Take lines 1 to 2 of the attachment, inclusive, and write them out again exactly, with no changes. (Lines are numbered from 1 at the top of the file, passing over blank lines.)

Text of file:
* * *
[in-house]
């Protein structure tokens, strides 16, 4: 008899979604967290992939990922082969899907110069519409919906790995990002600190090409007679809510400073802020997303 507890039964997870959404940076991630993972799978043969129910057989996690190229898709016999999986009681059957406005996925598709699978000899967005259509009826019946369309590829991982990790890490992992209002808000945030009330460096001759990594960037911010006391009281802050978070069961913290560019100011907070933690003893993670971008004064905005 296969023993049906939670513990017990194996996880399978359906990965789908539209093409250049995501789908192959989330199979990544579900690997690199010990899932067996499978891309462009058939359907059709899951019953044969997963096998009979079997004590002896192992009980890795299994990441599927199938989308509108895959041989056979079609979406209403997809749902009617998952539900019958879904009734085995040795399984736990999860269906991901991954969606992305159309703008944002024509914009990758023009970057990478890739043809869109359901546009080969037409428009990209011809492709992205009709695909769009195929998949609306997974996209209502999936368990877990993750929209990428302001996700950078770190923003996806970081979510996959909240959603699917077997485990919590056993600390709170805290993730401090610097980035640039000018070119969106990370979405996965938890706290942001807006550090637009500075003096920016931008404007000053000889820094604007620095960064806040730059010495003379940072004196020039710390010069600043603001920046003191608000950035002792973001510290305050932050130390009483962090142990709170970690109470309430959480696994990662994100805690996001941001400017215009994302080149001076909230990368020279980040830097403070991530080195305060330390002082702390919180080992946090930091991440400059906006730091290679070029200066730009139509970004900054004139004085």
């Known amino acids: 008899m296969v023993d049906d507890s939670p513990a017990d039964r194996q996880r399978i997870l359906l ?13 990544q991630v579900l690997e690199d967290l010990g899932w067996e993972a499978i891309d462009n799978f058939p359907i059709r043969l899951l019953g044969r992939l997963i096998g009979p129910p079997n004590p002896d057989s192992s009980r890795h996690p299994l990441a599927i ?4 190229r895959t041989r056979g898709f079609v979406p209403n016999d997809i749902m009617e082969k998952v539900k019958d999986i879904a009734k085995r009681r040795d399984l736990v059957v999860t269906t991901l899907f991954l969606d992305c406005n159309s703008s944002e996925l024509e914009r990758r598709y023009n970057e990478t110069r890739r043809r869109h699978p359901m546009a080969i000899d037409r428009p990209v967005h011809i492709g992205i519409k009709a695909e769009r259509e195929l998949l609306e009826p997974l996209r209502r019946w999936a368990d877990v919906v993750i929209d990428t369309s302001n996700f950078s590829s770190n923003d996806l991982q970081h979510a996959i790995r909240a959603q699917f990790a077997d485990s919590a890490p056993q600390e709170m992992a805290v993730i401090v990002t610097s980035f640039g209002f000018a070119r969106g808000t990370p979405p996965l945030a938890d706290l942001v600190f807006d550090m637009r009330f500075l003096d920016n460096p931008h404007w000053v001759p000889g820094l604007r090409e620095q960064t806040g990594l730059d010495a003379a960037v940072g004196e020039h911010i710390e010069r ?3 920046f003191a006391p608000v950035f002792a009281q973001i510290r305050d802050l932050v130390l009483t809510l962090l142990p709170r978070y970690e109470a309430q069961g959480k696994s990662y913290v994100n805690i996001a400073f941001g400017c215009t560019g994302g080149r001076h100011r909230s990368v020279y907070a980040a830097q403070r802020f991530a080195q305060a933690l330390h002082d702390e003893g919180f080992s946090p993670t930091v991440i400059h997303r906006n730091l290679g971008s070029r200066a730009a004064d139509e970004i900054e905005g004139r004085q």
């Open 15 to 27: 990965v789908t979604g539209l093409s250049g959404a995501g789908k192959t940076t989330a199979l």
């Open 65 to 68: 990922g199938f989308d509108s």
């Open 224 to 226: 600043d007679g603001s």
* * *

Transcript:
[in-house]
């Protein structure tokens, strides 16, 4: 008899979604967290992939990922082969899907110069519409919906790995990002600190090409007679809510400073802020997303 507890039964997870959404940076991630993972799978043969129910057989996690190229898709016999999986009681059957406005996925598709699978000899967005259509009826019946369309590829991982990790890490992992209002808000945030009330460096001759990594960037911010006391009281802050978070069961913290560019100011907070933690003893993670971008004064905005 296969023993049906939670513990017990194996996880399978359906990965789908539209093409250049995501789908192959989330199979990544579900690997690199010990899932067996499978891309462009058939359907059709899951019953044969997963096998009979079997004590002896192992009980890795299994990441599927199938989308509108895959041989056979079609979406209403997809749902009617998952539900019958879904009734085995040795399984736990999860269906991901991954969606992305159309703008944002024509914009990758023009970057990478890739043809869109359901546009080969037409428009990209011809492709992205009709695909769009195929998949609306997974996209209502999936368990877990993750929209990428302001996700950078770190923003996806970081979510996959909240959603699917077997485990919590056993600390709170805290993730401090610097980035640039000018070119969106990370979405996965938890706290942001807006550090637009500075003096920016931008404007000053000889820094604007620095960064806040730059010495003379940072004196020039710390010069600043603001920046003191608000950035002792973001510290305050932050130390009483962090142990709170970690109470309430959480696994990662994100805690996001941001400017215009994302080149001076909230990368020279980040830097403070991530080195305060330390002082702390919180080992946090930091991440400059906006730091290679070029200066730009139509970004900054004139004085």